A mysterious musical murder intended to mystify the public

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Hallie Unruh (left) plays Rachel Hopewell and Jessica Rumrill plays Marjorie Baverstock.

Ashlee Larrison story
Photos of Ralph Freso
CUU Information Office

Mysterious characters.

Secret passages.

And a most despicable murder.

You name it and the Ethington Theater production of “The Musical Comedy Murders of 1940” has it.

John BishopThe 1987 black comedy transports audiences to 1940s New York and follows a team of performers auditioning for a musical at the Elsa Von Grossenknueten theater financier mansion. However, memories of the team’s last show, in which three choir girls were murdered by the mysterious “Stage Door Slasher,” linger as a series of quirks begin to plague the auditions.

The play is scheduled for 7:30 p.m. Friday and Saturday and 2 p.m. Sunday the next two weekends, September 10-12 and 17-19.

It’s a performance that the director Michael kary dit is better compared to a Clue game.

“This performance is kind of a tribute to those 1940s radio mysteries,” he said. “The bottom line is that we wanted to have the most fun welcoming people to the theater.”

After a full season of outdoor productions, there was no doubt in anyone’s mind that Bishop’s comedy should kick off the return to Grand Canyon University Ethington Theater.

Zac Ross plays Patrick O’Reilly.

The long-awaited Murder Mystery, originally slated for the 2020-2021 theater season, was the kind of performance that couldn’t be adapted for an outdoor scene and required an indoor release.

Why?

The simple luxury of being able to turn off the lights during certain scenes.

“There was just this simple, really easy rudimentary thing that kept us from telling the story effectively,” Kary said. “I think we were able to find some stories that could very well survive outdoors in this environment, but building a giant mansion on an outdoor stage is not something we could do last year. But we can do it inside.

And that’s exactly what they did.

The entire mansion provides a colorful and interactive environment for artists to explore. Even the simple turn of a desk clock activates surprises for the characters and the audience.

Gloria Hartung (left) plays Bernice Roth.

Manager Hannah hensley, who worked mainly on musicals, knew that working on a mystery murder was a hit she had to take.

“I knew it would push me further than I had ever been in a show,” she said. “With the intricacy and intricacy of the whole thing and all the sounds, all the lights and stuff, it definitely intrigued me because I knew it would make me grow.”

But Hensley isn’t the only student who grows on the experience. The performance itself has evolved since construction began at the start of last season.

“I’ve been a part of this show for over a year now,” Hensley said. “To finally see him come to life on stage is definitely something incredible.”

In addition to an impressive package, the show’s audio plays a major role in transporting the audience at the appropriate time.

Sound designer Daniella Brun says that in addition to old-fashioned classical music, radio work also plays a major role in the production.

“We have voices from our cast and our director that have been edited and edited to sound like they’re coming from regular radio,” she said. “There were a lot of moving parts, which was exciting, and we went 100% towards the greatest show we could do.”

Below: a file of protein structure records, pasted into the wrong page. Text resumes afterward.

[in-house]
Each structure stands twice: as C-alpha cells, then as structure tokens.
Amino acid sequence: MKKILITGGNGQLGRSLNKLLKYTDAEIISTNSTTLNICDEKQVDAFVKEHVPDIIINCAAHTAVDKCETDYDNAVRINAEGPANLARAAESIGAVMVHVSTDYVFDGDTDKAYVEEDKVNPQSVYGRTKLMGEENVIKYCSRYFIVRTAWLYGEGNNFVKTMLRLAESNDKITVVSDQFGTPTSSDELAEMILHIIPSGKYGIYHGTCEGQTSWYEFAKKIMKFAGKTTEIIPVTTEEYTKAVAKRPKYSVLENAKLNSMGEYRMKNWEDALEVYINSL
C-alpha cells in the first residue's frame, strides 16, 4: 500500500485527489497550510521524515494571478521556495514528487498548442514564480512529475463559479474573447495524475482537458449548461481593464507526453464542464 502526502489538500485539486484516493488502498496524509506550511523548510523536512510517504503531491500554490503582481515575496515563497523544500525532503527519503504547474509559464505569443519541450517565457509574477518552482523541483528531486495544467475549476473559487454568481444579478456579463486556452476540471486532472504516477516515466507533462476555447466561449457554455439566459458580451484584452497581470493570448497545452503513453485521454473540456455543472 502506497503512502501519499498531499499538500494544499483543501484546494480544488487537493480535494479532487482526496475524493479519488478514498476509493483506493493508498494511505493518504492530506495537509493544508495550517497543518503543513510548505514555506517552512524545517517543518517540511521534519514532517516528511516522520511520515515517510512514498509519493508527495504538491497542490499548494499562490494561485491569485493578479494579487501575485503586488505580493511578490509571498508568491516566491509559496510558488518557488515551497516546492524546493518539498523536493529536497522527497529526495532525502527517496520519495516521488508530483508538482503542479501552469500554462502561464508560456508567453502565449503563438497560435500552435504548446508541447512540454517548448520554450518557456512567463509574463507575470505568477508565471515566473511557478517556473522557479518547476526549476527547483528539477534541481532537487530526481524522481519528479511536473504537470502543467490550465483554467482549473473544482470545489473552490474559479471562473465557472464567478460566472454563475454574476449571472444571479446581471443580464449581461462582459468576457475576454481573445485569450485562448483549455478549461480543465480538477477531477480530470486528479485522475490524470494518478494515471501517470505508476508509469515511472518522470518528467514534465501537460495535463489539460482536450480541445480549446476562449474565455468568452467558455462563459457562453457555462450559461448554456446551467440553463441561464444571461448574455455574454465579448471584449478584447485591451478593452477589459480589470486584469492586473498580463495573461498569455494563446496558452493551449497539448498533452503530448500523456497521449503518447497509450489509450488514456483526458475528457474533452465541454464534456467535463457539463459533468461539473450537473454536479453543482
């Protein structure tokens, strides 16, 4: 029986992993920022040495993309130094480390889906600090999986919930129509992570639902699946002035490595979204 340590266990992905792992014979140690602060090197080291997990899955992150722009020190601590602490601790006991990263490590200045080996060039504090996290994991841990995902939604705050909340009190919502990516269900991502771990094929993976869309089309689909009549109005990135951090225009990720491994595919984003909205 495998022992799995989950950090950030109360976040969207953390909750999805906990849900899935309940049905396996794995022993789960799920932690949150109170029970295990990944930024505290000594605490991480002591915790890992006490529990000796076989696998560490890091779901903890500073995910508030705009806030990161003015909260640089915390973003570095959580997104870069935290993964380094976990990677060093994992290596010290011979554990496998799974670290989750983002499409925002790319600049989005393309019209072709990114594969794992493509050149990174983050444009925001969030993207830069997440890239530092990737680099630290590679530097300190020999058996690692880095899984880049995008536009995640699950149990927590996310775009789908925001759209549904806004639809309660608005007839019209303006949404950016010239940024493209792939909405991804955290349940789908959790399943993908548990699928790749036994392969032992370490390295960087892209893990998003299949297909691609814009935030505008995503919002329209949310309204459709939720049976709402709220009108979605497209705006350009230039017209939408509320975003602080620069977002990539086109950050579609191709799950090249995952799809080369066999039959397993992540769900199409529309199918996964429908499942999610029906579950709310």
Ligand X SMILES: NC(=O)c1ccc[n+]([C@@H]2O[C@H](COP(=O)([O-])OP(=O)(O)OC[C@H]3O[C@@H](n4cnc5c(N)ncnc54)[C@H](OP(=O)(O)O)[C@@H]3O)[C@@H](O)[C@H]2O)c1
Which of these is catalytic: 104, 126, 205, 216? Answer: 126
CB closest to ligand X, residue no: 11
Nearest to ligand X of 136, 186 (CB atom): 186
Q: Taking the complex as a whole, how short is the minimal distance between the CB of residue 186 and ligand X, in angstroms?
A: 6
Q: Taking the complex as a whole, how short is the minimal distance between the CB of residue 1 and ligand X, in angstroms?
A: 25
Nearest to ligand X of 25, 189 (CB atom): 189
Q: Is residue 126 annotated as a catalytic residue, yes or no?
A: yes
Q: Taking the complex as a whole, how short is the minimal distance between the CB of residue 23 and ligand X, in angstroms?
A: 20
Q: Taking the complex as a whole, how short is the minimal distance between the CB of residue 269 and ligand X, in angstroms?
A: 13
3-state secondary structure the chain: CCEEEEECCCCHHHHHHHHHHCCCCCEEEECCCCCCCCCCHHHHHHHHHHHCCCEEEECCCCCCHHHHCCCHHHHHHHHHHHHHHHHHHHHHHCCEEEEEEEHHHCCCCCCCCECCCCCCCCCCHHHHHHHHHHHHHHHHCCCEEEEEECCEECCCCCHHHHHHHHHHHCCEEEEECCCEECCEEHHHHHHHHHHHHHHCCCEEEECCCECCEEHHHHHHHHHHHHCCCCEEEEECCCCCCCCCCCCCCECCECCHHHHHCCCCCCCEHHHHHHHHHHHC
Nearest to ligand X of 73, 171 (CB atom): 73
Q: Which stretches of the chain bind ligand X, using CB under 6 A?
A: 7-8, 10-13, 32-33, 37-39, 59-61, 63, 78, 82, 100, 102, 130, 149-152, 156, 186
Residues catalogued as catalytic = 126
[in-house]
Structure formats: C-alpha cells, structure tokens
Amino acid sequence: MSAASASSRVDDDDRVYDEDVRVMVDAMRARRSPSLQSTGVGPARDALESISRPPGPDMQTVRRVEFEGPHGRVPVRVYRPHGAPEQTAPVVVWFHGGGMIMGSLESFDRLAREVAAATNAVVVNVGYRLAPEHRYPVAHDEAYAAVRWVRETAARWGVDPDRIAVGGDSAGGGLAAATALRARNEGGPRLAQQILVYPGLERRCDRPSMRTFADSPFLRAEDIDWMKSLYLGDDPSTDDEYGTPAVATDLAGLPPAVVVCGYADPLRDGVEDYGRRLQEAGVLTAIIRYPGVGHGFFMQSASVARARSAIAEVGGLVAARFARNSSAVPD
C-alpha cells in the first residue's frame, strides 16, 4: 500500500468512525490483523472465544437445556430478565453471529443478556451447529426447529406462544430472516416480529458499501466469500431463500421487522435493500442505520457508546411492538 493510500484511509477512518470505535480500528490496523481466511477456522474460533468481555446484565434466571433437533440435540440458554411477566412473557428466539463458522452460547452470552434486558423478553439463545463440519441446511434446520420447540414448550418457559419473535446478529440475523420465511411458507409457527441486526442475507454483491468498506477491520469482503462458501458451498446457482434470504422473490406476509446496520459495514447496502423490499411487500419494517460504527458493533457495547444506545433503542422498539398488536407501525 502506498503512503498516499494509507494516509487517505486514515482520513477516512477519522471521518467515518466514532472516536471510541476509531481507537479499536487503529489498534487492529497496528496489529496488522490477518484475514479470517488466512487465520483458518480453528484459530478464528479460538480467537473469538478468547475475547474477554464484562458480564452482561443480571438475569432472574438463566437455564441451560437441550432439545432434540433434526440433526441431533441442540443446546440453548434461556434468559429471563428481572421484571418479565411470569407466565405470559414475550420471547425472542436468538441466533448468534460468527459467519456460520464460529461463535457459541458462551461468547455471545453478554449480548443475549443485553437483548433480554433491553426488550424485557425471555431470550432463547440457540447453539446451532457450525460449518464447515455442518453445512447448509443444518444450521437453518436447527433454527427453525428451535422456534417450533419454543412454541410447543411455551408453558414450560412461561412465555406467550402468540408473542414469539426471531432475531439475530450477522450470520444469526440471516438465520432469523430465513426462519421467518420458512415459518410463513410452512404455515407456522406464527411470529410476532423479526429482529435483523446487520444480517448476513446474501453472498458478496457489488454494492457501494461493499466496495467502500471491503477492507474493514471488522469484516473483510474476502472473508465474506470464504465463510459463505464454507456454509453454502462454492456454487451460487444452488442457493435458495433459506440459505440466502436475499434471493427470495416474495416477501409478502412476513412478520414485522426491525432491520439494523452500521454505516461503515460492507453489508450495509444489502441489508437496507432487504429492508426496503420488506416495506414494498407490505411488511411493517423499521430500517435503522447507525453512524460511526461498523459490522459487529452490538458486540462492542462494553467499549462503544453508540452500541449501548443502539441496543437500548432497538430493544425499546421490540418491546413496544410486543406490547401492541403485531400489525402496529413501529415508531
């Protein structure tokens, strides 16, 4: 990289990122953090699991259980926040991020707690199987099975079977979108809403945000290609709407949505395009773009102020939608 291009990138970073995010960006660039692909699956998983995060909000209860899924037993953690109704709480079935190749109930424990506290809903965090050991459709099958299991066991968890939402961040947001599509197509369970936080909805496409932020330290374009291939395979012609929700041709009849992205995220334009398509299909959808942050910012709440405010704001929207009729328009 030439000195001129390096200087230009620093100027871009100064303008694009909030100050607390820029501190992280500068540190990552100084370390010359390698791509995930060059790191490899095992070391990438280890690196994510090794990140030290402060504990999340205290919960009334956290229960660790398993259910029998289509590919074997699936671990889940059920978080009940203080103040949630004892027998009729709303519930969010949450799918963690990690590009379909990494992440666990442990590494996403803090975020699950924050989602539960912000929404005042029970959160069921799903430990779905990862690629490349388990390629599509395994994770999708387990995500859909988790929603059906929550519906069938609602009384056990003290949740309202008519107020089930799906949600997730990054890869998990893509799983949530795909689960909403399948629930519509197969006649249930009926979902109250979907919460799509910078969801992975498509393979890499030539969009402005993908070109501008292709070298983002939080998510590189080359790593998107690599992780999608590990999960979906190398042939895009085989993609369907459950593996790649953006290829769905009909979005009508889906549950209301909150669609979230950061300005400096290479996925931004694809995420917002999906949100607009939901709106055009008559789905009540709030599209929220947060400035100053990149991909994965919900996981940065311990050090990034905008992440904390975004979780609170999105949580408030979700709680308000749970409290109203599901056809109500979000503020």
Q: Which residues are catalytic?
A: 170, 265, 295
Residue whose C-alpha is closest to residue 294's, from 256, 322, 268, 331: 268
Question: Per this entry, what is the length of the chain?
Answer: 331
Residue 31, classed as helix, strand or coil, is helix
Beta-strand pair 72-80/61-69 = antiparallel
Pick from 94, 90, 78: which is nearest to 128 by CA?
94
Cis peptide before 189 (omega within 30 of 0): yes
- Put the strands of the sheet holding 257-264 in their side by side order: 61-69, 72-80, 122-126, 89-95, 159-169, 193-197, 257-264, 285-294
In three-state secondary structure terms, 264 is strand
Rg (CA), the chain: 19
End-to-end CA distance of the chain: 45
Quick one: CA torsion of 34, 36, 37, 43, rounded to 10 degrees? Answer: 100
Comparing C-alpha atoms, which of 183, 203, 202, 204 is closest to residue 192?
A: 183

The performance was also an opportunity for the cast members to play with what they could bring to their roles.

Nick Philips plays Ken De La Maize.

Philippe philips, who plays Ken De La Maize, says there was no shortage of talents he worked with on the show.

“My favorite experience so far has been really stretching out as an actor and working with this amazing cast,” he said. “We have really hard working people here, and it’s really fun to be on stage with all of them.

“It will be a really fun show for everyone.”

For Hallie unruh, who will play Rachel Hopewell (formerly Rodger Hopewell), the thrill of getting to work on the production stems from all the creative freedom artists have with their characters.

“With some directors, you get a block and you are told what to do, but he (Kary) just said, ‘Okay, go where you feel you should go. “” she said. “We were given a lot of creative freedom with jokes, songs and character voices.

“It’s terrifying but it’s also really cool to be able to build a character from body to movement through learning the lines.”

All in all, it’s a start to the season that the cast and crew say audiences won’t want to miss.

“I think it really shows how impressive this department is in terms of setting, sound and acting,” Hensley said. “It’s really something I’m incredibly proud of. I think it’s so intriguing and interesting to watch because something is changing every second.

“People should come and see the show only to be impressed and in awe of what we can do here.”

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IF YOU ARE GOING TO

What: “The Musical Comedy Murders of 1940” by John Bishop

When: 7:30 p.m. on Fridays and Saturdays and 2 p.m. on Sundays from Sept. 10 to 19.

Or: Ethington Theater, GCU campus

Tickets: $ 12 entry. Discounted tickets for seniors, military, GCU and GCE employees, GCU alumni, children 12 and under, and GCU students.

Information: 602-639-8979 or [email protected]

Contact Ashlee Larrison at (602) 639-8488 or [email protected].

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Related content:

GCU today: The student’s love for the theater fell into his hands

GCU today: Theater education graduates applying their GCU courses

GCU today: Ethington season welcomes audiences back inside

GCU today: Fine arts student enjoys the sound of theater festival work


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